If I was allowed only one word to describe Kings Canyon it would have to be this: Underrated.
In fact, Kings Canyon is so underrated that most of the time it isn’t even referred to as its own park. It’s thrown onto the end of Sequoia almost as an after-thought. Sequoia and Kings Canyon National Park is what you’ll usually hear.
But don’t be fooled by the casual misplacement of its name; this park has a personality that is completely unique from Sequoia, offering stunning views of the Sierra without the Yosemite crowds. On a flawless mid-July day we had the whole park to ourselves. Imagine- quiet winding roads through the Sierra mountains, crystal clear rivers, bears roaming yards away, and a peace so perfect you can hear pine needles dropping to the ground.
We drove through the thick forest of Sequoia National Park on 180 and came out on the side of an enormous mountain-face. That is when I realized without a doubt, that I was finally setting eyes on the granite monoliths that I’ve read about and gazed upon in so many books. I was in the country of John Muir and Ansel Adams. The SIERRA.
And almost like they were waiting for me, there were those wonderfully ubiquitous billowing clouds hugging the tops of the mountains.
The road took us down, down, down... sinking through 1,000 foot pieces of atmosphere like it was nothing, all the while keeping our eyes out for bears and stopping to let tarantulas the size of my palm cross the road.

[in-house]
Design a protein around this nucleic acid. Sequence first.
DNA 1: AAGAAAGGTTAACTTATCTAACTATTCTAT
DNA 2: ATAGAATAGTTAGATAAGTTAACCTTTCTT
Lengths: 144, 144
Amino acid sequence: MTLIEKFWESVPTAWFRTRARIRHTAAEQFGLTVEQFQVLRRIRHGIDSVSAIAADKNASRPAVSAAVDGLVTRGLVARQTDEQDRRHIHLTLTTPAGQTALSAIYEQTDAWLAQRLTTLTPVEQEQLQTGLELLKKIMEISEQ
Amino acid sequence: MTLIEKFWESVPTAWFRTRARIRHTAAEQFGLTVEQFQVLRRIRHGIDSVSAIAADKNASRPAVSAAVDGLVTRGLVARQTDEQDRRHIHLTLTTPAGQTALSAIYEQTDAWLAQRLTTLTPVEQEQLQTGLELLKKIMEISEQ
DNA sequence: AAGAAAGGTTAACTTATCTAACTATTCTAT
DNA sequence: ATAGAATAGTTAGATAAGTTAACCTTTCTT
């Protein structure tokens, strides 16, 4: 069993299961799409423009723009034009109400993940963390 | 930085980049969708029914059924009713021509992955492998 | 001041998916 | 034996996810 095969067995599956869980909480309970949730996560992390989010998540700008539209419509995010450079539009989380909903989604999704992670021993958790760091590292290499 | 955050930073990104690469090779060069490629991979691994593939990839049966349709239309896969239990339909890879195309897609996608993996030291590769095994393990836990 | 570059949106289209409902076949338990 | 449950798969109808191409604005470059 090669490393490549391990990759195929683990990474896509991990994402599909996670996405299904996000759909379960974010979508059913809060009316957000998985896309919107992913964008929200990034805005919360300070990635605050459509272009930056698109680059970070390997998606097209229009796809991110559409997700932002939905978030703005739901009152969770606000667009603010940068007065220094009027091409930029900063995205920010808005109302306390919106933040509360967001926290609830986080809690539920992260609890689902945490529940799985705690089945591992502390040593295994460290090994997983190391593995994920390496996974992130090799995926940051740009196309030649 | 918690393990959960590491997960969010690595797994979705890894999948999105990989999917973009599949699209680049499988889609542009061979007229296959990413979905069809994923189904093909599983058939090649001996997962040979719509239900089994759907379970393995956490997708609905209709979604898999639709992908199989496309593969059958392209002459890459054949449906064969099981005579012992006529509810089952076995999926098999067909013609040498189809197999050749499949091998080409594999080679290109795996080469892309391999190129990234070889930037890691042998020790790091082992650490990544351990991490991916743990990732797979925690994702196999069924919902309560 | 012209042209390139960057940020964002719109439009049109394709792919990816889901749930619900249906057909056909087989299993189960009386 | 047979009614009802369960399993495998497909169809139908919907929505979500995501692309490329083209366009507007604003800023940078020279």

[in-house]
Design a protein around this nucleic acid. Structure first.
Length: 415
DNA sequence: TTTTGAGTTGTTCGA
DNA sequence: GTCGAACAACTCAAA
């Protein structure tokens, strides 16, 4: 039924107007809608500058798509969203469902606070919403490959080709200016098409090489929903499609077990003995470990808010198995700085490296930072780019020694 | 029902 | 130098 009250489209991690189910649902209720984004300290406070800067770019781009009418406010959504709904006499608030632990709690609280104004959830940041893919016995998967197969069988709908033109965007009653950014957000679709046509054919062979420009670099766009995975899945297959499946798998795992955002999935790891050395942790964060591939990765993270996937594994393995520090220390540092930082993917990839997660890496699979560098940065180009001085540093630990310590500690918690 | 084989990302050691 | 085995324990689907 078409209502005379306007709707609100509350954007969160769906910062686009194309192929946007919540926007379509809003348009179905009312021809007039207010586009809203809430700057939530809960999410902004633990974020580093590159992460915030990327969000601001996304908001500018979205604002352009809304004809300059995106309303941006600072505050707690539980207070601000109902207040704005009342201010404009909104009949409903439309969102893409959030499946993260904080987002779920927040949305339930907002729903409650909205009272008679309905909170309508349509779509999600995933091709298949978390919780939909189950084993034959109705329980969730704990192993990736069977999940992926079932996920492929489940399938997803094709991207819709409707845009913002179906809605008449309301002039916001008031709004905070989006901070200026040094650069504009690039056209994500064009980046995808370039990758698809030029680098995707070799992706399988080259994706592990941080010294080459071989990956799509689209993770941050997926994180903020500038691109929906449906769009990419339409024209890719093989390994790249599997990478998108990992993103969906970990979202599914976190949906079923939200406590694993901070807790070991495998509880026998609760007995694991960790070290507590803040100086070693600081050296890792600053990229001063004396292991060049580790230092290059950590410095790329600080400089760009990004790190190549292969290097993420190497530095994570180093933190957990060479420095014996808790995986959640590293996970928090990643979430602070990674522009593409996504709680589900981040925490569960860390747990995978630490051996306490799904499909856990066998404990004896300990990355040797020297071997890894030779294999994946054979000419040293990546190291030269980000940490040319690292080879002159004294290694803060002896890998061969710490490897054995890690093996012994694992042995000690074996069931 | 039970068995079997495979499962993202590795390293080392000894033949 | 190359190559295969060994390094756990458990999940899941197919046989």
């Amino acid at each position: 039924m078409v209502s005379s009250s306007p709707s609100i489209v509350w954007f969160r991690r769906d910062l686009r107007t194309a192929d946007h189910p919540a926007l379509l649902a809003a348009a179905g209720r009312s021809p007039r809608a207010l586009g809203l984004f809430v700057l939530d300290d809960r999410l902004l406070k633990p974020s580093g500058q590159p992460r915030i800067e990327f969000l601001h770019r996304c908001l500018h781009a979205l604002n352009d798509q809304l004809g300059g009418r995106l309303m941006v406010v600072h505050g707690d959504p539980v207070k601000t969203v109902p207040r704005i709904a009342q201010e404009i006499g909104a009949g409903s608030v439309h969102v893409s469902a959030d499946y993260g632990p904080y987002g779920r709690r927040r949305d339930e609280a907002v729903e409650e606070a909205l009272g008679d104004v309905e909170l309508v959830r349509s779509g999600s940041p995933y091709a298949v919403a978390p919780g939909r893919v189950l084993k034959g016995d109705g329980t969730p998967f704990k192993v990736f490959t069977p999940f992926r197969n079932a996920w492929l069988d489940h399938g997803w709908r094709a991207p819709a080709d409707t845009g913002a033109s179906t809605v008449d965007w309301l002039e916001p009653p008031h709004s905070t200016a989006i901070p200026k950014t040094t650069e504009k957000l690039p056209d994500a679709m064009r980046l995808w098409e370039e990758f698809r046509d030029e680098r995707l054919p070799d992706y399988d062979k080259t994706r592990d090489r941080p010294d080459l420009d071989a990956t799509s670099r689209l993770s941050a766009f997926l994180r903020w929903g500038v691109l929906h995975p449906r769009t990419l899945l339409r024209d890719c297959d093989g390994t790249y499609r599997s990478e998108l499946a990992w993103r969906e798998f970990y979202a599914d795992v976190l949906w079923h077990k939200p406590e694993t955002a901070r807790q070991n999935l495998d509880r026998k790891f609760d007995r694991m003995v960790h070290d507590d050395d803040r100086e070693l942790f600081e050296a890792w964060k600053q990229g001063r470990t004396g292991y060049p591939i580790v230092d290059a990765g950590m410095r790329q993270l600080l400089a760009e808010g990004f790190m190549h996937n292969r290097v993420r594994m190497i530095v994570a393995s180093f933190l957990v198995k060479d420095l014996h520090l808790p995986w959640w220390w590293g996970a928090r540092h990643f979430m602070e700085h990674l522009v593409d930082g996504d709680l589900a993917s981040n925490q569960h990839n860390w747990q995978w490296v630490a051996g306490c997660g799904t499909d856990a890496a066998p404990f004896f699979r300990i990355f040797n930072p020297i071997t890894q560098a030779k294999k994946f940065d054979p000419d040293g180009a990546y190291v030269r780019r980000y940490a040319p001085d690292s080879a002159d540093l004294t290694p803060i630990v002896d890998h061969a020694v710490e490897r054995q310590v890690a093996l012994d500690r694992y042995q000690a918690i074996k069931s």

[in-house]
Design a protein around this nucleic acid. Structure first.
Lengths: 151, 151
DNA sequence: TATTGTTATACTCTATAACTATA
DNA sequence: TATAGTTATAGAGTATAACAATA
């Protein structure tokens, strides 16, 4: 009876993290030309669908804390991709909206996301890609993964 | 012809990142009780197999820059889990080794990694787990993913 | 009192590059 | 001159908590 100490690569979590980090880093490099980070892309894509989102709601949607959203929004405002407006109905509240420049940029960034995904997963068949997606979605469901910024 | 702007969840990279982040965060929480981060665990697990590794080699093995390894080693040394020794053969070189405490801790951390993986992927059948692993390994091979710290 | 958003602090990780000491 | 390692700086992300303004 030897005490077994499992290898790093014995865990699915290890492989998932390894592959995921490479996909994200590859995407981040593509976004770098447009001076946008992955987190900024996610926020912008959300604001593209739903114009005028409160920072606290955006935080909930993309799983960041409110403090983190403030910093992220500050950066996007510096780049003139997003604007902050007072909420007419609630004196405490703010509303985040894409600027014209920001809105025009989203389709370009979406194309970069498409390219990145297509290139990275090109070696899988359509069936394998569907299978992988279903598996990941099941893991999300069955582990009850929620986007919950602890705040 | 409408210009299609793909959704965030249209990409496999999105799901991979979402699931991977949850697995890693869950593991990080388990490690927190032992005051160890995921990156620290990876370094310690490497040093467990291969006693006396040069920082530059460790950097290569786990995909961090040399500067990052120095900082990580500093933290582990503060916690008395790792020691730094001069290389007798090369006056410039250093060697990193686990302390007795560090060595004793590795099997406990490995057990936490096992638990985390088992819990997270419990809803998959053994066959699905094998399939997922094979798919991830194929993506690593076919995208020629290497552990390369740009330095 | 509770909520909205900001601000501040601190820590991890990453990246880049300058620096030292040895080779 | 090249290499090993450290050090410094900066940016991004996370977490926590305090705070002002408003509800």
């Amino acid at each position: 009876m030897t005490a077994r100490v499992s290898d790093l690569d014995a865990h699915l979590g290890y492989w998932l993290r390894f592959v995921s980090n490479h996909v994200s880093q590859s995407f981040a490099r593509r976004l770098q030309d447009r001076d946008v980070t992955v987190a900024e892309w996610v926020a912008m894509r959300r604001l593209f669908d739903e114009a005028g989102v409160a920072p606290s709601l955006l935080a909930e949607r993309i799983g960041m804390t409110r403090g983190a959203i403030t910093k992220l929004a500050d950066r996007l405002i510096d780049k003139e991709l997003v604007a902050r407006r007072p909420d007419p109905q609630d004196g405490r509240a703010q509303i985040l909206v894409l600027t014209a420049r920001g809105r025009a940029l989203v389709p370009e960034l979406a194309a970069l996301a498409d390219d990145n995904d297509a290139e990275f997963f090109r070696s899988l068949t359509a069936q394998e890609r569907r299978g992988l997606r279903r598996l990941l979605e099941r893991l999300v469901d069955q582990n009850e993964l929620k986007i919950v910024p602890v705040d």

The bottom of the road didn’t make itself visible for most of the journey down, but I could make out the snaking ribbon of the Kings River. Once we were at the basement of the canyon, a wide, wild river opened up that was lucid and still in some places and torrential with white rapids in others, all the while weaving itself around enormous pieces of fallen Sierra granite.
We reached the end of the road, which is a 360 turnabout that will take you right back the way you came. As it often does during monsoon season, a quiet summer storm moved in. The rain was innocuous as a breeze and didn’t stop us from hiking through a beautiful meadow. The sun was out while it rained and the drops looked like liquid gold in the air.
It was a storm that would have made Ansel happy as these sudden bouts of weather are what create the depth-showing clouds that he loved so much. For the first time I began to understand the magical quality that light has on the granite Sierra.
The clouds swept across the sun again and again, making a show of light and shadow.
We passed a few other hikers. They told us they’d spotted a bear just a few feet away in the direction that we were headed. We kept on our path but never came across the bear. I wasn’t sure whether to be relieved (I’ve never encountered a bear outside of my car) or disappointed.
We sat alongside the wild King’s River.
The sinking sun, combined with the light from the clearing storm made everything turn golden.
We headed back up the King’s Canyon Scenic Byway. It’s rare that a road makes my stomach jump since I’ve become so accustomed to crazy mountain driving, but this one- with its sheer granite walls and no guardrails, the river below a thin line letting us know just how high up we were- my heart was racing.
The sun was setting, making layer upon layer of unique colors in the sky. Every so many feet on the mountain road I had to stop and gaze at it.
We reached the top of the mountains just in time to get one last glimpse of the sun.
I wasn’t sure what to expect in Kings Canyon National Park, but what I found moved me beyond words.